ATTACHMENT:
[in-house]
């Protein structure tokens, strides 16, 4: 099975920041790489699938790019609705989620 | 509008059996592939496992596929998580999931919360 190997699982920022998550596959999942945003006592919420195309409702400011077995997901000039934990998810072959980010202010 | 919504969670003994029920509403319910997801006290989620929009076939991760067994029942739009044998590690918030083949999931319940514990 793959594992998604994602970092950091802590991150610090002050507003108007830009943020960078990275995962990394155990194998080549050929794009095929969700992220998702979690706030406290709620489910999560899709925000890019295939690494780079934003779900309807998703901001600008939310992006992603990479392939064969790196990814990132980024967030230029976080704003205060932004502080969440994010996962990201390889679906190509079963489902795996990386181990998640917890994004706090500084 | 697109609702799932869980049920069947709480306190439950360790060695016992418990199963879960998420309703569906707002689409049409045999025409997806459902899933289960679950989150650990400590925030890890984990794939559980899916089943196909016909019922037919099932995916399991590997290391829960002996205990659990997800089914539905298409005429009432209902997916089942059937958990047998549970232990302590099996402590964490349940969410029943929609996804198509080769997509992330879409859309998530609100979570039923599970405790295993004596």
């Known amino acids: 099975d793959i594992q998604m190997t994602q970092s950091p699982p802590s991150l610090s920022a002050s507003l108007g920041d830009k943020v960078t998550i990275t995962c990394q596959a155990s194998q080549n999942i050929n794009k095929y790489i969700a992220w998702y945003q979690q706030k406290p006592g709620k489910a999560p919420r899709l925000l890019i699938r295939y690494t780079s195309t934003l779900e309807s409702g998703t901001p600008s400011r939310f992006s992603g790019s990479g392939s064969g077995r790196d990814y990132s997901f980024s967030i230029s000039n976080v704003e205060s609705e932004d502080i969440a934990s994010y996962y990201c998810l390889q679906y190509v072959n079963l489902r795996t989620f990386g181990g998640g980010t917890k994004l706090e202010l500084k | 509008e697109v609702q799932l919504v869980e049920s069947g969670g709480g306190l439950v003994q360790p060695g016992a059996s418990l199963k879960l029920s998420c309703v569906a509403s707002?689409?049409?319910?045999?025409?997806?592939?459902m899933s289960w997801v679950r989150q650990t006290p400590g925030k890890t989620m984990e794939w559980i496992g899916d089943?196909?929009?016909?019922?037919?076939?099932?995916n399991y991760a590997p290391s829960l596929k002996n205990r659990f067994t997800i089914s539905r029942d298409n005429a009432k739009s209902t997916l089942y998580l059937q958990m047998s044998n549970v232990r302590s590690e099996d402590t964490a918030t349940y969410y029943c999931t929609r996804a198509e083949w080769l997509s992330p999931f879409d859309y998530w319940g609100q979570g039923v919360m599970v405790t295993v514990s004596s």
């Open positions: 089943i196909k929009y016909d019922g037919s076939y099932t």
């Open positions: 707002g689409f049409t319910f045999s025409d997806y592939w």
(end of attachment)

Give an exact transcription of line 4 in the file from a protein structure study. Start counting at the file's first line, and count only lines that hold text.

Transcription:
């Open positions: 089943i196909k929009y016909d019922g037919s076939y099932t």